McGowan v. Connecticut General Life Insurance Co.

Annotate this Case

289 A.2d 428 (1972)

Leo PATRICK McGOWAN, Administrator for the Estate of Richard B. Dupont v. CONNECTICUT GENERAL LIFE INSURANCE COMPANY et al.

No. 1439-Appeal.

Supreme Court of Rhode Island.

April 12, 1972.

Goldman, Grady & Biafore, Thomas J. Grady, for plaintiff.

Hinckley, Allen, Salisbury & Parsons, Thomas D. Gidley, for defendants.

OPINION

KELLEHER, Justice.

This civil action concerns the terms of an accident policy issued by Connecticut General Life Insurance Company (the insurer). A jury-waived trial was held before a justice of the Superior Court. He found that the plaintiff's intestate's death was within the policy's coverage. The essential facts which give rise to this litigation are undisputed.

During 1966, the insurer issued a group policy covering the members of the Atlantic Automobile Adventure Club, Inc. Richard B. Dupont was a member of the club. Membership in the club was restricted to holders of credit cards that are issued by a nationally known distributor of gasoline and other allied automotive products. The club's dues, which included the cost of the insurance, were usually added to the member's monthly bill. The premium charged the deceased amounted to $2.20 a month.

The policy gave a limited type of coverage. It listed a schedule of benefits paid for the accidental loss of life, sight, limbs and fingers provided the loss was the result of the insured's being injured while "boarding, alighting from, traveling in, or upon being struck by a passenger Conveyance." Benefits were also due if the insured's loss was due to his exposure to the elements "after boarding and by reason of an accident to a Public Conveyance."

On March 30, 1967, Dupont was the operator of a motorcycle that was involved in a collision with a motor vehicle owned by a Rhode Island corporation that specialized in the sale and distribution of building materials. The collision occurred in Seekonk, Massachusetts. The corporation's motor *429 vehicle is a 1964 "GMC" six-wheel, state-body truck.[1] At the time of the collision the truck was returning to Rhode Island after having delivered a load of lumber to a Massachusetts customer. The insured died from injuries he sustained from the collision. If the administrator's suit is successful, the insurer owes the estate $25,000.

The sole and pivotal issue of this appeal is whether the deceased's injuries were caused by a "passenger conveyance," as that term is defined in the policy. The pertinent portion of the policy reads:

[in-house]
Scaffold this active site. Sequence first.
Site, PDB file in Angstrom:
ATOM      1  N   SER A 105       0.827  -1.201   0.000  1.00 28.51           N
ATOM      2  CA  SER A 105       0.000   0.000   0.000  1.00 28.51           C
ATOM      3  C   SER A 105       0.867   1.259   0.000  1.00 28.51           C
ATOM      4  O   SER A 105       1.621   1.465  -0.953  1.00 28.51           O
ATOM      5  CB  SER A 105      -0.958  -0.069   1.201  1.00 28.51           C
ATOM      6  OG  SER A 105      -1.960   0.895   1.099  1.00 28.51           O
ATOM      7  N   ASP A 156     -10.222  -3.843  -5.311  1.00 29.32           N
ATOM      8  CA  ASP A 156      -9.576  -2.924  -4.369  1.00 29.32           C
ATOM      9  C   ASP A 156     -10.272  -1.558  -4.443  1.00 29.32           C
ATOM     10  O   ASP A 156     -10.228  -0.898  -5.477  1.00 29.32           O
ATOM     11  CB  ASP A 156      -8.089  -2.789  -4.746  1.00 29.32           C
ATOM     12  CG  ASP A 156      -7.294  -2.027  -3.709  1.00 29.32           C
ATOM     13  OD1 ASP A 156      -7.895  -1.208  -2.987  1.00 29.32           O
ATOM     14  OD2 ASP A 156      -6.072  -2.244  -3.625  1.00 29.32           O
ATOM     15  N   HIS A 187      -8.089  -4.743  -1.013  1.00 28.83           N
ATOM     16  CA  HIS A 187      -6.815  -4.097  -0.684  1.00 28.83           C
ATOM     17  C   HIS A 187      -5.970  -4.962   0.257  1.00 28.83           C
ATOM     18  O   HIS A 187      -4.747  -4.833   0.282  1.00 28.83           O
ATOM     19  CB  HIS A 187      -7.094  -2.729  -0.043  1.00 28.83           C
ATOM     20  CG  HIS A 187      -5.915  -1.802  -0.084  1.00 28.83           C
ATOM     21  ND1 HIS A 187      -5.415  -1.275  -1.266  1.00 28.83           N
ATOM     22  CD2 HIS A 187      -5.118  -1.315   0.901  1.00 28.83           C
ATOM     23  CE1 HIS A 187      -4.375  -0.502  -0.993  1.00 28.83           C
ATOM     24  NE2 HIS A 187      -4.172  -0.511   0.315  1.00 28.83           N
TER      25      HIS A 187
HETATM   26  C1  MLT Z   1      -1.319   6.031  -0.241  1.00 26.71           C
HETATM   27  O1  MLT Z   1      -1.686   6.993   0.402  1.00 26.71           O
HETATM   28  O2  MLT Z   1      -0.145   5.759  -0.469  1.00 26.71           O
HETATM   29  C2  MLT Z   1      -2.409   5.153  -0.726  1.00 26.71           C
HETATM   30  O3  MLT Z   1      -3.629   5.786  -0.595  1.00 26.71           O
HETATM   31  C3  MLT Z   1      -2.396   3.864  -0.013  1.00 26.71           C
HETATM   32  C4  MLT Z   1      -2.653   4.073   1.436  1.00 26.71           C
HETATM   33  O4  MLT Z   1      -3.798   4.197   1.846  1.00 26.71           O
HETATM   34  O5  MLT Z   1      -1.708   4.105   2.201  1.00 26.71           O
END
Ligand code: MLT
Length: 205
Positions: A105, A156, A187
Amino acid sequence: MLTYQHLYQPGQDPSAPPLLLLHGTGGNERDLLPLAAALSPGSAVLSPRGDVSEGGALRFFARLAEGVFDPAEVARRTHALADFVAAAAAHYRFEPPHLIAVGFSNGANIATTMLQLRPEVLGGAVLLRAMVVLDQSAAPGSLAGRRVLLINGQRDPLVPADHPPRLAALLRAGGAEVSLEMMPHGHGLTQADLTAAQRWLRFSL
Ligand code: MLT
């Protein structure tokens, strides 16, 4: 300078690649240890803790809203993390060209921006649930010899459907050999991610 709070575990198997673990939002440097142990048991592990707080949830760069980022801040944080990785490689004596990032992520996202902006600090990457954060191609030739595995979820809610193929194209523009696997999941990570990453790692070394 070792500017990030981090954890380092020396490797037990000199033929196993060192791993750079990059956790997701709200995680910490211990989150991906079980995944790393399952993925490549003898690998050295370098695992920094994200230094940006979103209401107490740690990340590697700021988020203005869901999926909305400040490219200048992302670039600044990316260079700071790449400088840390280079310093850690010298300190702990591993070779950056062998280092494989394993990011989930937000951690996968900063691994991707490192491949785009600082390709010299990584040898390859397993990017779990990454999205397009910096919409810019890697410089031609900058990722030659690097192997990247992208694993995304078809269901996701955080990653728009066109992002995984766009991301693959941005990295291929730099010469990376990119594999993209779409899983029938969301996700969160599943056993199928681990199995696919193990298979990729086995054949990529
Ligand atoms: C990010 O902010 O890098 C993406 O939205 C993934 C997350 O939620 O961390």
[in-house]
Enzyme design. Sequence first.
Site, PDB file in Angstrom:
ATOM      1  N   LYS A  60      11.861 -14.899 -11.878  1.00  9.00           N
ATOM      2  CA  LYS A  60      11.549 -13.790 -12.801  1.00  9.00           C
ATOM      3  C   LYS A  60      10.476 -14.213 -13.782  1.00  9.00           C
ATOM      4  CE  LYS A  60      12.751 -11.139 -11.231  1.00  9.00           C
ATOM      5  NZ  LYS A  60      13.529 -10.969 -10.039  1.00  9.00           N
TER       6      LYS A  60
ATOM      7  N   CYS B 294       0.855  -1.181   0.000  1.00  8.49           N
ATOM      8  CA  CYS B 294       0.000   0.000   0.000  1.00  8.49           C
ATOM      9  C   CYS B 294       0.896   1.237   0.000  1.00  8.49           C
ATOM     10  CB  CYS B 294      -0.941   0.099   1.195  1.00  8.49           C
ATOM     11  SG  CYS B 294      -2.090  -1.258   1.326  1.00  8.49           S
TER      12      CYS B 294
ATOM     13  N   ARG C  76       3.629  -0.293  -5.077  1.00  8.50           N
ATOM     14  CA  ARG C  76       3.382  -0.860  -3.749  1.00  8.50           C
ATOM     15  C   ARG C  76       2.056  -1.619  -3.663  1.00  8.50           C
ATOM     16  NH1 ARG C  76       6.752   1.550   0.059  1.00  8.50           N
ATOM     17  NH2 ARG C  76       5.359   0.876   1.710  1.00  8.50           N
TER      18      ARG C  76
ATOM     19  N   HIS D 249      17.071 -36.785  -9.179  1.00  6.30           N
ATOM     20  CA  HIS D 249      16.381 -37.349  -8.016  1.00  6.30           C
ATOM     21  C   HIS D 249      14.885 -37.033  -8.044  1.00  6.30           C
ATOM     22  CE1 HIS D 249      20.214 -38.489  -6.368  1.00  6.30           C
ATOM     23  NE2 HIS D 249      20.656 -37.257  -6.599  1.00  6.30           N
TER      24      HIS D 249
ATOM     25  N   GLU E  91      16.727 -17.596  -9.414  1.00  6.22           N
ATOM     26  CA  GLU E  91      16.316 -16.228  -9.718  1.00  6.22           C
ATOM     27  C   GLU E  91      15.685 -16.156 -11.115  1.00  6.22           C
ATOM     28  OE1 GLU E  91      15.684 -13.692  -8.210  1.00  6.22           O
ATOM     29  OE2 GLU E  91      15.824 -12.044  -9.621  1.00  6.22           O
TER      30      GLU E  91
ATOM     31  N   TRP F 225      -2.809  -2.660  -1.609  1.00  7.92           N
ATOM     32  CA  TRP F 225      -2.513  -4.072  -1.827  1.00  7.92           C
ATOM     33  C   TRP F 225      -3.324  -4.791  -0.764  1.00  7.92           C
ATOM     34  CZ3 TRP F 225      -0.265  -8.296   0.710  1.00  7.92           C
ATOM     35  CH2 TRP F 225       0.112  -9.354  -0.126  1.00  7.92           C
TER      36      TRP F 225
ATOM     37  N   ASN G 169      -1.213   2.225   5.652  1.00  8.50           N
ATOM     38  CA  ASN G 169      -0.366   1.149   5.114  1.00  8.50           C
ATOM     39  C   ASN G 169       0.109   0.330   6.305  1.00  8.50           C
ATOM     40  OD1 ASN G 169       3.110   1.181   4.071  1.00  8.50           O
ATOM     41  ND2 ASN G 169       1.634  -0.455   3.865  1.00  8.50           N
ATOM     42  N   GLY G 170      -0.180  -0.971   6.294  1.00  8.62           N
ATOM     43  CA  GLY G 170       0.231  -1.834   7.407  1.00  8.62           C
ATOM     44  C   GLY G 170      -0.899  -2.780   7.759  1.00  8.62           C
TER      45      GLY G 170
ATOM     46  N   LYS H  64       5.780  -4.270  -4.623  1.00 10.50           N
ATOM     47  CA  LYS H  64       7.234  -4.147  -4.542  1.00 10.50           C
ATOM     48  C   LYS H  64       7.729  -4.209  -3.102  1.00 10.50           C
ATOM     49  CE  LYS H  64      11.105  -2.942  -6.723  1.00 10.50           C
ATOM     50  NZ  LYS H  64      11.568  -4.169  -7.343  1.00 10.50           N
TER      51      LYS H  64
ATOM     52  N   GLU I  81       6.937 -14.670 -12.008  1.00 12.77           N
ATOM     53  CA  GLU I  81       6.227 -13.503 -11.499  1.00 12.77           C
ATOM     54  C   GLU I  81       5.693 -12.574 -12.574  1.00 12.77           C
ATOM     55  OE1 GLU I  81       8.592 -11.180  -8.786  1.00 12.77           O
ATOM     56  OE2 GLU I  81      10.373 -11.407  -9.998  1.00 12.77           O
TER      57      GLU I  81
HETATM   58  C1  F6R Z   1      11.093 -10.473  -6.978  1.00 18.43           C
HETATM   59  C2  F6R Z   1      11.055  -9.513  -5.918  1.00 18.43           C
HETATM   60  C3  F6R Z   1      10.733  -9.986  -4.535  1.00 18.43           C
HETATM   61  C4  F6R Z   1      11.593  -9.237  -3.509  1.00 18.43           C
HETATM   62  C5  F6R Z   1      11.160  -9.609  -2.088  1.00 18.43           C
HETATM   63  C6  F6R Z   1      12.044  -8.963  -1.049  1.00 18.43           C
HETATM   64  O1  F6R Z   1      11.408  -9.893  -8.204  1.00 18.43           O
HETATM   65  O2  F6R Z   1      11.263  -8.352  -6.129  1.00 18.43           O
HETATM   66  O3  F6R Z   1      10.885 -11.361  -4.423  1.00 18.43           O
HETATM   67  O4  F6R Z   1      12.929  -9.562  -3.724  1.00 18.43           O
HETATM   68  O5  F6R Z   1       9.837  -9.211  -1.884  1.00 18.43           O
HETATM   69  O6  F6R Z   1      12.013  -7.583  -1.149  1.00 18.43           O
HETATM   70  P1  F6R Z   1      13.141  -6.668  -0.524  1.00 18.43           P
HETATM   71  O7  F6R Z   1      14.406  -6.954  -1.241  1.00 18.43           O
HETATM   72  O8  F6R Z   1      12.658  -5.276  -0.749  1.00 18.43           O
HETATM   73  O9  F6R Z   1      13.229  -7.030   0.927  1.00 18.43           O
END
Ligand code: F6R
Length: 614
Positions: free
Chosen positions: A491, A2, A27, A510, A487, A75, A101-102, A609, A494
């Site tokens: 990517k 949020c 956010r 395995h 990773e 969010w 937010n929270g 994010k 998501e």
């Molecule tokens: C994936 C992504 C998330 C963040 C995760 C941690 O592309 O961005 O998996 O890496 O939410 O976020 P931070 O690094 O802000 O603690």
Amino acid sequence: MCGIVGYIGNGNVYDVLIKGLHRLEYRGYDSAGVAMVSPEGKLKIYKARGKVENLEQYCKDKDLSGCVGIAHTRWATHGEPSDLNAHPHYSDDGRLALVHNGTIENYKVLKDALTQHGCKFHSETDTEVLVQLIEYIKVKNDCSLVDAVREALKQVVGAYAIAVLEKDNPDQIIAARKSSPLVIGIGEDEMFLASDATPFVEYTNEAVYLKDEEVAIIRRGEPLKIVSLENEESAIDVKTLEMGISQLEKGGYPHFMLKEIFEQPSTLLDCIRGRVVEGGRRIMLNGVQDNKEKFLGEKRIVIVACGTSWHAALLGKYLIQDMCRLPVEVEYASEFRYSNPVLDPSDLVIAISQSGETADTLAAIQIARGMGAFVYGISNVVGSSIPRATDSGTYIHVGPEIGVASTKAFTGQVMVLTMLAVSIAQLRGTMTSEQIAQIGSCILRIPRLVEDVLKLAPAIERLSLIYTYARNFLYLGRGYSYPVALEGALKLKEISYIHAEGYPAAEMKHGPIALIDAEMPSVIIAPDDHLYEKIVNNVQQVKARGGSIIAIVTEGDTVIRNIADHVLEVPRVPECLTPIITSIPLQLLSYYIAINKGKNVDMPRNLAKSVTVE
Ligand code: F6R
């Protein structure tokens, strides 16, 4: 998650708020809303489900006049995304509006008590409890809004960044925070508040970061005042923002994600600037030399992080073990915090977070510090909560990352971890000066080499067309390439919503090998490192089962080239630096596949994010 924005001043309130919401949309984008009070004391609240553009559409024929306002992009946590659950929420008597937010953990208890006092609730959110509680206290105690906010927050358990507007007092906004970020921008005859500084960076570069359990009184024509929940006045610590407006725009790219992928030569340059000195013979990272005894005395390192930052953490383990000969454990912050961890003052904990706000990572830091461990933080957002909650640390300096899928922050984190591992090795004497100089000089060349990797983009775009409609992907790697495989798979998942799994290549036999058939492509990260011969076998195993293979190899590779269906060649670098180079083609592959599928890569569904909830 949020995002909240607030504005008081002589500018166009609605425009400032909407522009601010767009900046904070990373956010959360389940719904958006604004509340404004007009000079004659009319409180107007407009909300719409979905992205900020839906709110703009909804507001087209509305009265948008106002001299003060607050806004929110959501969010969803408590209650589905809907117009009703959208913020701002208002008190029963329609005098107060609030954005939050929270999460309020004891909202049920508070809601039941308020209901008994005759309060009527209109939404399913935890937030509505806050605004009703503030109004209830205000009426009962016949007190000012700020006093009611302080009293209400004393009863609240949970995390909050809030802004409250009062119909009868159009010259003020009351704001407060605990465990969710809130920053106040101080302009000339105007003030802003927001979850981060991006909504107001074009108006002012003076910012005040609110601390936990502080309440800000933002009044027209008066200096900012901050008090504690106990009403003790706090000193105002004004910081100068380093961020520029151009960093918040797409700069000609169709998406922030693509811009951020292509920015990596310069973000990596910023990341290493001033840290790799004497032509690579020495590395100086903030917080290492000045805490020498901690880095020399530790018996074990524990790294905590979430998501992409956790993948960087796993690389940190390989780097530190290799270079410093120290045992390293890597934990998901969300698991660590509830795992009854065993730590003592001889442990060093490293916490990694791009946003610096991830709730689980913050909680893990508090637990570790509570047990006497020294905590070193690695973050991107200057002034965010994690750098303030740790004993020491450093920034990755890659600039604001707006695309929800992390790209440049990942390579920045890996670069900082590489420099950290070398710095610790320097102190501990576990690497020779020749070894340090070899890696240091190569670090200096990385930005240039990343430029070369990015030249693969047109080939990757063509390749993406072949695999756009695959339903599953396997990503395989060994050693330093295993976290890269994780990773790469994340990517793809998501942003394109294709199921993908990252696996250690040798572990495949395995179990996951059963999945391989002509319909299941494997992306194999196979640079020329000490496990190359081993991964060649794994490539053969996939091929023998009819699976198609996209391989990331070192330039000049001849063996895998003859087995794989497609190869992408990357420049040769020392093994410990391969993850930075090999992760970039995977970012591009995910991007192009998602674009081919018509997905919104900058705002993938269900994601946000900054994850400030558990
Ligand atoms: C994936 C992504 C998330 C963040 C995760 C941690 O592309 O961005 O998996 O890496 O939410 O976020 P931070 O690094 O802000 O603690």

"Passenger Conveyance. The term Passenger Conveyance means a private automobile or a Public Conveyance. The term Public Conveyance means any conveyance licensed for the transportation of passengers or a military air transport plane."

The administrator contends that the insurer's definition of a "passenger conveyance" is patently ambiguous. He argues that the "GMC" truck can be described as a "private automobile." The insurer, quite understandably, takes a different view of things. It maintains that the vehicle which came in contact with the deceased's motorcycle cannot be classified as a "passenger conveyance."

Although the tragic consequences of the cycle and truck collision are regrettable, this court is still obligated to respect the express terms and conditions of the insurance contract. The policy must be examined in its entirety and the words used must be given their plain everyday meaning. Factory Mutual Liability Ins. Co. v. Cooper, 106 R.I. 632, 262 A.2d 370 (1970); Nagy v. Lumbermens Mutual Casualty Co., 100 R.I. 734, 219 A.2d 396 (1966). In taking an overall view of the policy, equal emphasis must be given to all its relevant parts. A policy is not to be described as ambiguous because a word is viewed in isolation or a phrase is taken out of context. A court should not, through an effort to seek out ambiguity when there is no ambiguity, make an insurer assume a liabilty not imposed by the policy.

There have been many instances where a variety of vehicles, including trucks, have been held to be an "automobile" with the result that the claim fell within the provisions of the policy. Some courts have said a truck, in the light of the policy's provisions, was a "private motor driven automobile." Such a result was reached because each court, after examining the policy then before it, concluded that the word automobile was being employed in its generic sense, that is, any self-propelled vehicle which is designed to carry people or property over the highway.[2] There are, of course, courts which have ruled that in present times an automobile describes a motor vehicle which is propelled by gasoline, electricity, or other fuel, and is suitable and intended for the conveyance of persons.[3]